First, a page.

If there’s one thing anybody knows about Antarctica, it’s that it’s cold. Yes, people are heating the whole planet. And yes, the world’s biggest glaciers are rapidly turning into ocean. Still, there’s so much ice sitting atop the southernmost continent that we’ll need centuries to melt all of it.
So maybe there was some subtle cold bias that drove routine professional skepticism in the mid-1990s about scientific results suggesting that the South Pole and its environs had surprisingly warm oceans in the dinosaurs’ heyday. Some scientists cast shade again a few years later when research showed that global CO₂ levels 90 millions years ago could have been several times higher than they are today—with consequently higher temperatures, as well.
Any remaining incredulity receded a step further into geological history today with the results published in the journal Nature. Based on an analysis of fossilized plant remnants and meticulous work to reconstruct the prehistoric climate, a large team of European scientists found that a temperate rainforest (think New Zealand) once grew less than 600 miles from the southernmost tip of the earth. The paper helps validate a constellation of previous work and findings from Antarctica and other cold regions—including evidence of crocodile-like Arctic reptiles—all of which points to a once-very hot world.
Having “evidence that we did not have ice sheets, that instead we had a temperate rainforest, is the ground truth we’re looking for,” says Brian Huber, research geologist at the Smithsonian Institution who wasn’t involved in the study.
“I’m pretty jazzed about the paper,” he adds.
The new findings come from drilling near the massive Pine Island and Thwaites glaciers, made vulnerable to melt by the current rising temperatures. Scans of the core samples extracted in 2017 revealed intact roots, fern-tree pollen, moss spores, and the ossified mud that captured them. Between 92 million and 83 million years ago, New Zealand hadn’t yet drifted far away from West Antarctica, and common formations in both areas helped the scientists both date the rock and reconstruct the arrangement of the continents back then.
The researchers commissioned an illustration of what a rainforested Antarctic might have looked like, including flora based on the fossilized roots, pollen and spores and, in the background, a smoking volcano: a nod to the long-lasting hypothesis that massive volcanic outpouring of CO₂ raised the atmospheric concentration of the gas to four to six times the preindustrial benchmark. (Today’s warming is caused by human activity, not volcanoes.)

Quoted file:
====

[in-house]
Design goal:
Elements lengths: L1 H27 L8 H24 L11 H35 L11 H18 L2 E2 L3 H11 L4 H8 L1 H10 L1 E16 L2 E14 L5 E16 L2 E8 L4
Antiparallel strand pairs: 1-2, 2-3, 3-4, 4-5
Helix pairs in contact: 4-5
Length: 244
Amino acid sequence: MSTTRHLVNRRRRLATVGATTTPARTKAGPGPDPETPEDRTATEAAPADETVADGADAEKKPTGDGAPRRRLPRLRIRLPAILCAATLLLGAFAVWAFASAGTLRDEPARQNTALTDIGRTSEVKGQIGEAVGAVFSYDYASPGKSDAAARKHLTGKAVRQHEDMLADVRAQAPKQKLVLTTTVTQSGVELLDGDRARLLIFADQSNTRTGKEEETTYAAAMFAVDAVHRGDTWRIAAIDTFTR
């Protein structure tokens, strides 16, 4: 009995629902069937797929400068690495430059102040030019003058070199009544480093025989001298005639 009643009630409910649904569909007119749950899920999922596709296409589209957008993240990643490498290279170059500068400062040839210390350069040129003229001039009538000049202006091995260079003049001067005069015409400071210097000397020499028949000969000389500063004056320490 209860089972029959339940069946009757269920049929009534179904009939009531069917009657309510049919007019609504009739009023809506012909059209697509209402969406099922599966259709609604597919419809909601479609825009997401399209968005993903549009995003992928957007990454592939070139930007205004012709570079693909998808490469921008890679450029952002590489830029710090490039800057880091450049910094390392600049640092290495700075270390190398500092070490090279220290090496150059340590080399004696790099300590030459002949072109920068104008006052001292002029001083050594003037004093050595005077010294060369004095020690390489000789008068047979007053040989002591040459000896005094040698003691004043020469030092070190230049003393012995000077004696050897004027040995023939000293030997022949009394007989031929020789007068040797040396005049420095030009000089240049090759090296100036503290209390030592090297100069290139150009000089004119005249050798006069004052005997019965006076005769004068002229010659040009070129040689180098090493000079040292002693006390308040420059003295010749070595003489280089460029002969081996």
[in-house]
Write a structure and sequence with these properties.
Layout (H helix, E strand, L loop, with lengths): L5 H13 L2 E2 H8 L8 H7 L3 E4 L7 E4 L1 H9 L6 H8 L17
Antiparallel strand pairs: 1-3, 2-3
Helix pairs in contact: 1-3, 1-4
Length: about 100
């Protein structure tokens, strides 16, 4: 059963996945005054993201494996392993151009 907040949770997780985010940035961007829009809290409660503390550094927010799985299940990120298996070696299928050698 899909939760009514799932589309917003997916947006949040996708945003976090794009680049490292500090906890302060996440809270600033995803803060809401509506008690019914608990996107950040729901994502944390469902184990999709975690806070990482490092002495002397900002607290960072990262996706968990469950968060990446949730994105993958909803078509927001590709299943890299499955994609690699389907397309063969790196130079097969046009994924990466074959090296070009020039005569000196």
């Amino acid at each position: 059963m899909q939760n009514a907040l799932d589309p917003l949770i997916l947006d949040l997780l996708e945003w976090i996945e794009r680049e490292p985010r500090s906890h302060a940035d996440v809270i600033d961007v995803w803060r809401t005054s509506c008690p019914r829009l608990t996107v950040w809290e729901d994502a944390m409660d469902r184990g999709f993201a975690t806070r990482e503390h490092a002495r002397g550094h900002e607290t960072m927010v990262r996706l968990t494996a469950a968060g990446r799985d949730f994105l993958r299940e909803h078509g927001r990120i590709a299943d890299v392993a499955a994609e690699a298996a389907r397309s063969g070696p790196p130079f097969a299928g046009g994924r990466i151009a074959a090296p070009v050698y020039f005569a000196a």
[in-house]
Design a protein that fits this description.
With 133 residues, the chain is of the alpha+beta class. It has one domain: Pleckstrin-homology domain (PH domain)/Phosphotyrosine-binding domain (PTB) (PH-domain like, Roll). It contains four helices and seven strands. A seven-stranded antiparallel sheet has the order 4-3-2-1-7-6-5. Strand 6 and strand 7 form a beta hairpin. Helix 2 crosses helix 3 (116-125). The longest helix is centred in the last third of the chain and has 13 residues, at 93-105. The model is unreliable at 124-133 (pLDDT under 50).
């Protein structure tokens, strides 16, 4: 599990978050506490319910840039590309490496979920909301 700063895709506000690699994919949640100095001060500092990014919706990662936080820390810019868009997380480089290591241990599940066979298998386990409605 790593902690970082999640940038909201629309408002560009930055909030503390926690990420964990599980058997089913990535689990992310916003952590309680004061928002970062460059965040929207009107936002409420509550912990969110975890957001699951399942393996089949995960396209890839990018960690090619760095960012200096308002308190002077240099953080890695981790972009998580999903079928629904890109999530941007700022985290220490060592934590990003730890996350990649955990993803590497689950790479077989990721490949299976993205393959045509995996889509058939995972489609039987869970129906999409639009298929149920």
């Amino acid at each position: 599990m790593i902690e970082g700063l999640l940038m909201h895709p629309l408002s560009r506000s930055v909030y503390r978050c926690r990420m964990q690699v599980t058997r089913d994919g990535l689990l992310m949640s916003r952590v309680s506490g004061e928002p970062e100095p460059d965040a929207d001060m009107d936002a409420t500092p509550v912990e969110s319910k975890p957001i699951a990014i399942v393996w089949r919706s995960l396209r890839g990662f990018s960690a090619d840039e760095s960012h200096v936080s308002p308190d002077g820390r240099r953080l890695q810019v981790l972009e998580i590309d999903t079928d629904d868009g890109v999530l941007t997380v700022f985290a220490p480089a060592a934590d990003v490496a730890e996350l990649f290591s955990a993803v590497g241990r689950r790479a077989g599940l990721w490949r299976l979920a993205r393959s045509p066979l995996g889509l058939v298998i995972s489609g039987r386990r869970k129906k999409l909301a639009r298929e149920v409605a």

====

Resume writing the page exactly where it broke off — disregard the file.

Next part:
By studying what was growing in Antarctica during the late Cretaceous Period—about 25 million years before the demise of the dinosaurs—and comparing it to modern plants, the team was able to estimate that the average annual temperature on the continent was about 13° Celsius, or 55° Fahrenheit, despite months spent in darkness every year. That’s an average temperature similar to Beijing, Milan, or Baltimore, with rainfall analogous to Boston or Glasgow, an estimated 44 inches a year. Sea levels might have been 170 meters higher than they are today.
The study was conducted by researchers from German and British institutions, led by Johann Klages, a sedimentologist at the Alfred Wegener Institute in Bremerhaven, Germany. Before now, scientists had little or no reliable data for how the world responds to extreme amounts of CO₂ beyond a latitude of 70° South, he says. This study brings some coverage all the way to 82°S latitude, which in general will help researchers better test and calibrate climate models.
“As we head closer into such high CO₂ conditions—assuming we continue emitting the gas to such extent—we need to understand interconnected feedbacks in these extreme conditions,” Klages says.
Dana Royer, professor of Earth and environmental sciences at Wesleyan University, calls the basic observation of the study “irrefutable” and “profound.”
“The poles were forested during greenhouse times,” he says.